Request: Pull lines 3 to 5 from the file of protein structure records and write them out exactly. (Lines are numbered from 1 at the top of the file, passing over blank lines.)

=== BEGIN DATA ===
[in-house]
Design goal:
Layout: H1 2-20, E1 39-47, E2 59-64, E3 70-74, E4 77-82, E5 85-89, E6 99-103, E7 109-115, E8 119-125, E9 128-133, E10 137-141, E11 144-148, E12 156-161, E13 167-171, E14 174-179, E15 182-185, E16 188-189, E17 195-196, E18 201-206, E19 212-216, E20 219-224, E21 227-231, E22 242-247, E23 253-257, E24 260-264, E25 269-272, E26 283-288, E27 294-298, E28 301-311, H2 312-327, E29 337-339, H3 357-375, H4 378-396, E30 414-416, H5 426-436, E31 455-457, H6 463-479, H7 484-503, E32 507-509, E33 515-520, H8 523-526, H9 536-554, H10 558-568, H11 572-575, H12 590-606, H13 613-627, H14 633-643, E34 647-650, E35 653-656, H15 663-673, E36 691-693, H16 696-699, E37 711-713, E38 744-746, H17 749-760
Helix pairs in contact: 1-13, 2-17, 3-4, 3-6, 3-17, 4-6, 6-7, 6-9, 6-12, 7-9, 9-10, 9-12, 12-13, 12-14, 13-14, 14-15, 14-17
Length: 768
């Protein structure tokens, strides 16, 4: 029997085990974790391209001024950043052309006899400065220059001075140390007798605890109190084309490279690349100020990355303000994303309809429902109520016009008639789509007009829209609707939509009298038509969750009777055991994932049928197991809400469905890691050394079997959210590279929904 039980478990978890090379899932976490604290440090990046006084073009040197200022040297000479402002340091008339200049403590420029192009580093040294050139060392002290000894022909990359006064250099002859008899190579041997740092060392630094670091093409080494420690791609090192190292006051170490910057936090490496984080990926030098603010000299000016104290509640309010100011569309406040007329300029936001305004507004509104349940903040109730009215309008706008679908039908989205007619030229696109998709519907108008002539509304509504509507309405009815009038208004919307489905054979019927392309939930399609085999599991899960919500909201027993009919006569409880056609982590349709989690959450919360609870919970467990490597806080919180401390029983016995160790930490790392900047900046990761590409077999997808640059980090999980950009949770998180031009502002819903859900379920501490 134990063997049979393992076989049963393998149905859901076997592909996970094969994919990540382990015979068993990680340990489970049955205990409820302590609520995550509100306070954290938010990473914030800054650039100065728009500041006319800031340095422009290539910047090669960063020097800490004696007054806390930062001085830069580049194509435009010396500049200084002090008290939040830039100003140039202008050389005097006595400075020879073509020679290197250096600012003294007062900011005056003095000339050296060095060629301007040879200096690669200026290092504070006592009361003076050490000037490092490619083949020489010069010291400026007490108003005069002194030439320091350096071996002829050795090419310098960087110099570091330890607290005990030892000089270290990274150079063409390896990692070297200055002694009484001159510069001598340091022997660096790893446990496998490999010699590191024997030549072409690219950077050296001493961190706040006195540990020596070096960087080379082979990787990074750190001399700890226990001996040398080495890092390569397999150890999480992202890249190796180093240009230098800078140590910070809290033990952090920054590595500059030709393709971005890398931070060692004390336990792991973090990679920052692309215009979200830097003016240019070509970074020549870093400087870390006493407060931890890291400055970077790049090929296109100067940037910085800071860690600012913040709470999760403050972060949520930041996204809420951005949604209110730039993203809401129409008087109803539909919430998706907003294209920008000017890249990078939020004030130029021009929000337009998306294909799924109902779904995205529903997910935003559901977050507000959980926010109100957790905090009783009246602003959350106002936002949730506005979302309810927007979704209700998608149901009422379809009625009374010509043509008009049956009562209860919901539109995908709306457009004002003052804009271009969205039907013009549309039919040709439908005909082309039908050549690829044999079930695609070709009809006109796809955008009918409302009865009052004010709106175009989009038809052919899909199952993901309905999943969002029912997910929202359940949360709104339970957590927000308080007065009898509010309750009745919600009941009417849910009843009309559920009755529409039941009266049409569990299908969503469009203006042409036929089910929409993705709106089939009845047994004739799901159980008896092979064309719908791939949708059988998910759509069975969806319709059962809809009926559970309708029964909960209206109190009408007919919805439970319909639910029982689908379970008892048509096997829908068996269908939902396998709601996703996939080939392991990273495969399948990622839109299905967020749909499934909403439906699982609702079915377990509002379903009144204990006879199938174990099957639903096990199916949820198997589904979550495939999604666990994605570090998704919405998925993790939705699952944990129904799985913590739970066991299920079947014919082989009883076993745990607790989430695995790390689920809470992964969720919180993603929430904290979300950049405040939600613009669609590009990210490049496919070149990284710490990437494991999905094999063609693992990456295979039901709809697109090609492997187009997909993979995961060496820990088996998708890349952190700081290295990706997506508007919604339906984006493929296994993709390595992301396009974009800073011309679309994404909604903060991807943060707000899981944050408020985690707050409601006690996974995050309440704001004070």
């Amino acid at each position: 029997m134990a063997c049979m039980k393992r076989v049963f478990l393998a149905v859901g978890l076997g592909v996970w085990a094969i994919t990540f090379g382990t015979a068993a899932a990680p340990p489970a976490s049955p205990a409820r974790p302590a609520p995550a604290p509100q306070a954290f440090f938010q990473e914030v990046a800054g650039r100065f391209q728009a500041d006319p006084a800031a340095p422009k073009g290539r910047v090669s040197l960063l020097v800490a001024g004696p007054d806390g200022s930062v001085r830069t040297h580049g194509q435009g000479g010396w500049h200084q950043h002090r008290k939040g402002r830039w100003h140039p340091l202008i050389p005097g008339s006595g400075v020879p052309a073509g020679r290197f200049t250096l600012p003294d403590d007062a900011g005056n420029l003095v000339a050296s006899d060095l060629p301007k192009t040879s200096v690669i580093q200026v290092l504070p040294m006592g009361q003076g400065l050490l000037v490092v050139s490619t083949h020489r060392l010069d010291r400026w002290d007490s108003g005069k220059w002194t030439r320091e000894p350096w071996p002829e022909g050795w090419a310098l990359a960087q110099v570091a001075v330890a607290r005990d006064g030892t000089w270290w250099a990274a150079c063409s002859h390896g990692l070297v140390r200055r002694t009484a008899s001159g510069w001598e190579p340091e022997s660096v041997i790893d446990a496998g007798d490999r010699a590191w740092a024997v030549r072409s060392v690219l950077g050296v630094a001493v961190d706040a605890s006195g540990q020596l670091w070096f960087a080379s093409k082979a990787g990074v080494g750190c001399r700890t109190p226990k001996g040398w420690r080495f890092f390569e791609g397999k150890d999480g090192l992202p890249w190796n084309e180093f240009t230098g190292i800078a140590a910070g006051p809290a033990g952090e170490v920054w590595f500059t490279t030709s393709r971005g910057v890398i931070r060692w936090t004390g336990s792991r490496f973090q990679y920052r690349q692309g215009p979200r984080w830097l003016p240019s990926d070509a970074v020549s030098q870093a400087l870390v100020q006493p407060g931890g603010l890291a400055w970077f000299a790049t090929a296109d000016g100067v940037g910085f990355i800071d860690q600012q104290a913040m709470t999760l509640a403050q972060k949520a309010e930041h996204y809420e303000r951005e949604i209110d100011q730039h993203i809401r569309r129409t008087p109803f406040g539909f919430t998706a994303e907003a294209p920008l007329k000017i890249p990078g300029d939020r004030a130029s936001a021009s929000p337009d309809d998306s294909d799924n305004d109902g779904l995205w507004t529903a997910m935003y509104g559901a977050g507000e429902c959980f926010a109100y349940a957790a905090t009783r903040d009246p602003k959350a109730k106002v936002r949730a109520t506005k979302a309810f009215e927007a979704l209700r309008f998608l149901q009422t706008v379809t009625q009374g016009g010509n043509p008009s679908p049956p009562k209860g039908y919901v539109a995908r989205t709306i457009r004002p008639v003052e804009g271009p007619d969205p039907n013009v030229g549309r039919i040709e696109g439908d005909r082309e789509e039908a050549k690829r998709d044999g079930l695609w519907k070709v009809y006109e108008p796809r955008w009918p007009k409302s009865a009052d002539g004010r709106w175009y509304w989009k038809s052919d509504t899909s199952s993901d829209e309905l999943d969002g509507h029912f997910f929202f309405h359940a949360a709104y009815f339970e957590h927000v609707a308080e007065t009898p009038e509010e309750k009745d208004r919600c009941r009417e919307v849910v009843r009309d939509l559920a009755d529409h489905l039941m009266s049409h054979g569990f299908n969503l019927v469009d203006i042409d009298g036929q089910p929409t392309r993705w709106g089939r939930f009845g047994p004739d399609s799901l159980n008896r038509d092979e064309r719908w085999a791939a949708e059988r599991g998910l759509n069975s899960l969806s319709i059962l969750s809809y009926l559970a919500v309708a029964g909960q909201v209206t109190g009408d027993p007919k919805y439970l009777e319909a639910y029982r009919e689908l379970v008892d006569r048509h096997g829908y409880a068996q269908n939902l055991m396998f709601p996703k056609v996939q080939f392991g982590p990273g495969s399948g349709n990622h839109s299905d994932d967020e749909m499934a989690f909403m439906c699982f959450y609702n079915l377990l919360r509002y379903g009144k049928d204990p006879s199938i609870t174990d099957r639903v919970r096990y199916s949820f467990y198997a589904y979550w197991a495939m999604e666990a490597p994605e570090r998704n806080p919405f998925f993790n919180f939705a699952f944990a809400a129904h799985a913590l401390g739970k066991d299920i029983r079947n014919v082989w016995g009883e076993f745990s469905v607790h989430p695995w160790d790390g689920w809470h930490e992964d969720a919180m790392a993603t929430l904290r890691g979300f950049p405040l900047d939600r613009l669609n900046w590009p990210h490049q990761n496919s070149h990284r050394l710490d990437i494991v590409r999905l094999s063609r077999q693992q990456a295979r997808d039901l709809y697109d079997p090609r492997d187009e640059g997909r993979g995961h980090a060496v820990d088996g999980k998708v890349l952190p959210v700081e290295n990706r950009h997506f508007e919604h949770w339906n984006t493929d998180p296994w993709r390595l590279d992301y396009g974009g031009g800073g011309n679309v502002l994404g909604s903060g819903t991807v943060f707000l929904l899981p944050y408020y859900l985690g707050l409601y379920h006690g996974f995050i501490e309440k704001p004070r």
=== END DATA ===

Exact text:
Layout: H1 2-20, E1 39-47, E2 59-64, E3 70-74, E4 77-82, E5 85-89, E6 99-103, E7 109-115, E8 119-125, E9 128-133, E10 137-141, E11 144-148, E12 156-161, E13 167-171, E14 174-179, E15 182-185, E16 188-189, E17 195-196, E18 201-206, E19 212-216, E20 219-224, E21 227-231, E22 242-247, E23 253-257, E24 260-264, E25 269-272, E26 283-288, E27 294-298, E28 301-311, H2 312-327, E29 337-339, H3 357-375, H4 378-396, E30 414-416, H5 426-436, E31 455-457, H6 463-479, H7 484-503, E32 507-509, E33 515-520, H8 523-526, H9 536-554, H10 558-568, H11 572-575, H12 590-606, H13 613-627, H14 633-643, E34 647-650, E35 653-656, H15 663-673, E36 691-693, H16 696-699, E37 711-713, E38 744-746, H17 749-760
Helix pairs in contact: 1-13, 2-17, 3-4, 3-6, 3-17, 4-6, 6-7, 6-9, 6-12, 7-9, 9-10, 9-12, 12-13, 12-14, 13-14, 14-15, 14-17
Length: 768